Effective solutions require enhanced collaboration and coordination to address the challenges of the Amazon region. Since the Amazon Summit, various Amazonia Forever forums, networks and related coalitions have been working to translate visions and aspirations into concrete action plans and commitments. With these in mind, the IDB is joining various government officials, experts, indigenous leaders, and newly established alliances at the COP 28 to present what has been achieved to date, discuss innovative financing mechanisms, and debate ways to increase impact for the Amazonia.
What should we expect from the COP 28: collaboration, collaboration, collaboration
At the COP 28, Amazonia Forever will showcase progress made on the different workstreams and flagship products of the program and strategically position IDB Group on issues related to Nature Finance and its Amazon agenda, while using this space to make new announcements with strategic partners to further scale up finance and impact, such as the project preparation facility in cooperation with COICA to support project proposals from indigenous peoples’ organizations or new ambitious commitments from the international cooperation sector.
The Amazonia event series will start with the Green Coalition of Development Banks’s event on ‘Green growth for the Amazonia.’ In its first appearance on the international stage, the Green Coalition will present advances in the action for the next two years, discussing opportunities and challenges to deploy resources in the Amazon region. Moving to the multilateral level, the IDB will host an event on ‘Building the Future for the Amazonia and its People,’ where joint visions will be shared, and innovative mechanisms to scale up finance for nature in the Amazon region will be discussed. This is a direct result of the recent Memorandum of Understanding signed by the presidents of both banks. In an additional event on ‘Financing a net zero, nature positive future’ with the World Bank, discussions will focus on the scale, the speed, and the impact of climate finance for nature.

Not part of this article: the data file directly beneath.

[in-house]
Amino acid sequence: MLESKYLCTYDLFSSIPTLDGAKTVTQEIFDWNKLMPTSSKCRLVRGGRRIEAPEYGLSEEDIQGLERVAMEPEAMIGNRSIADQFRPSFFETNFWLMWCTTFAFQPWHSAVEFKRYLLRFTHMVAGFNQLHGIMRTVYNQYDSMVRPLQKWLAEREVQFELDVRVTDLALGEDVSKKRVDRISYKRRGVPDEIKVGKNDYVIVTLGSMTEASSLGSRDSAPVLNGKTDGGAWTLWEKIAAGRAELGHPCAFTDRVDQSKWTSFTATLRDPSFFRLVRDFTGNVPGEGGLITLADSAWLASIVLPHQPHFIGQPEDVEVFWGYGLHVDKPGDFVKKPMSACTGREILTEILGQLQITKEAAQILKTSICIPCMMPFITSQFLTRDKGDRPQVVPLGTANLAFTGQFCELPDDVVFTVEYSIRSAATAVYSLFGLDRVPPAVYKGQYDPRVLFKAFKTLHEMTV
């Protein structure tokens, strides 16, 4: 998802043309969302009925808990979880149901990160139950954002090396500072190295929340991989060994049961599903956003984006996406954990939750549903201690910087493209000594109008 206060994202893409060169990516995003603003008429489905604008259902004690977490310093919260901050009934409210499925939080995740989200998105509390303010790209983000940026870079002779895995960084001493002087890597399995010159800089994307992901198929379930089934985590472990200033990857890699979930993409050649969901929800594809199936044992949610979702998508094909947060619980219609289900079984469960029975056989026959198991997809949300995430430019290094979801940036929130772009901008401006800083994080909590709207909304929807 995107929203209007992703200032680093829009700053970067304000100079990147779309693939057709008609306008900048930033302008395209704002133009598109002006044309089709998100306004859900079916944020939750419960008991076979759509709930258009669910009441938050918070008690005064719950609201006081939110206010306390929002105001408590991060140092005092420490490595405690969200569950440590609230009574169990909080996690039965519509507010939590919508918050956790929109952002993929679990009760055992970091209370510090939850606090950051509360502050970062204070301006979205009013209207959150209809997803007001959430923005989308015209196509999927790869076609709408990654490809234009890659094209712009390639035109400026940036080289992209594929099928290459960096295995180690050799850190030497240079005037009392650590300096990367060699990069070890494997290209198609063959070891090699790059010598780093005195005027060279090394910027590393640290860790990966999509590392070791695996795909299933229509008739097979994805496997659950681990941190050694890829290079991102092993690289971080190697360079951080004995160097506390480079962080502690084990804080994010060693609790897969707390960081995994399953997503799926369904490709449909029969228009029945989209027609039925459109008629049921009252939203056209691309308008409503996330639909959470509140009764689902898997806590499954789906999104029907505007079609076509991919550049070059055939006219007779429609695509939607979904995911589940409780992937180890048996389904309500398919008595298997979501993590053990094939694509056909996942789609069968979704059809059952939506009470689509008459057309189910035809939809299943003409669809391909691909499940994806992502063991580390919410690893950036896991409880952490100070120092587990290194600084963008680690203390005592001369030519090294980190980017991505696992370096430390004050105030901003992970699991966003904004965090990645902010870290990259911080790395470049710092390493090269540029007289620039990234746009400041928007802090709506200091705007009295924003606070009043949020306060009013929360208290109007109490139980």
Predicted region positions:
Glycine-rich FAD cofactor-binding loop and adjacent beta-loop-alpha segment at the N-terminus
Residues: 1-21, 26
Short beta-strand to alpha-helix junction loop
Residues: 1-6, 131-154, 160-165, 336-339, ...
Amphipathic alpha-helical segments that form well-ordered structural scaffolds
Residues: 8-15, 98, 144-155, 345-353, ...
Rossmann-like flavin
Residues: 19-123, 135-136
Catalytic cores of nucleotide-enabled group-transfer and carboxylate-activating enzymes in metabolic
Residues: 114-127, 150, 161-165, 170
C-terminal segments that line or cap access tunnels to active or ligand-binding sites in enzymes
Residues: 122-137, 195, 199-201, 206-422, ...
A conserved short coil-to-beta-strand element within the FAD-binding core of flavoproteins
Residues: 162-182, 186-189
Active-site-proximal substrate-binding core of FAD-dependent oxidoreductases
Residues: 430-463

This series of events will also offer insights into collaboration with key public sector representatives from the Amazon countries to strengthen regional coordination. For example, during the ‘Amazon Cities Forum,’ Amazonian Mayors will highlight the strategic role of Amazonia cities for sustainable development and raise awareness on prioritizing the urban agenda in the region. Fostering collaboration and ambition, the IDB and the Brazilian Interstate Consortium for the Sustainable Development of the Legal Amazon will be launching the Amazon Governors Consortium Action Plan.
Another vital event at the COP 28, under the Amazonia Forever Program, is being organized by COICA (Coordinator of Indigenous Organizations of the Amazon River Basin). The ability of indigenous peoples to live sustainably makes them critical allies in efforts to protect the Amazonia. The largest annual climate-related meeting on the planet is a timely opportunity to launch a Project Preparation Facility for Indigenous Peoples, Afro Descendants, and Traditional Communities and spotlight the urgent need to work with indigenous and afro-descendants’ organizations and upscale the financing benefiting these communities directly. Finally, following the steps of the Green Coalition, we will be launching a similar network for the Amazonian private banking sector, to mobilize additional sustainable finance for the Amazonia and the road towards the Amazonian COP 30 to the table.
It is expected that, during this COP 28, beyond the widely celebrated announcements and key discussions with key stakeholders, the IDB’s effort for greater collaboration will demonstrate the consensus that exists among key stakeholders on the need to increase impact and work together for the protection, conservation, and sustainable development of the Amazon region. Close collaboration, alliances, and partnerships, accompanied by concrete action plans, are essential to achieving common climate and sustainability goals.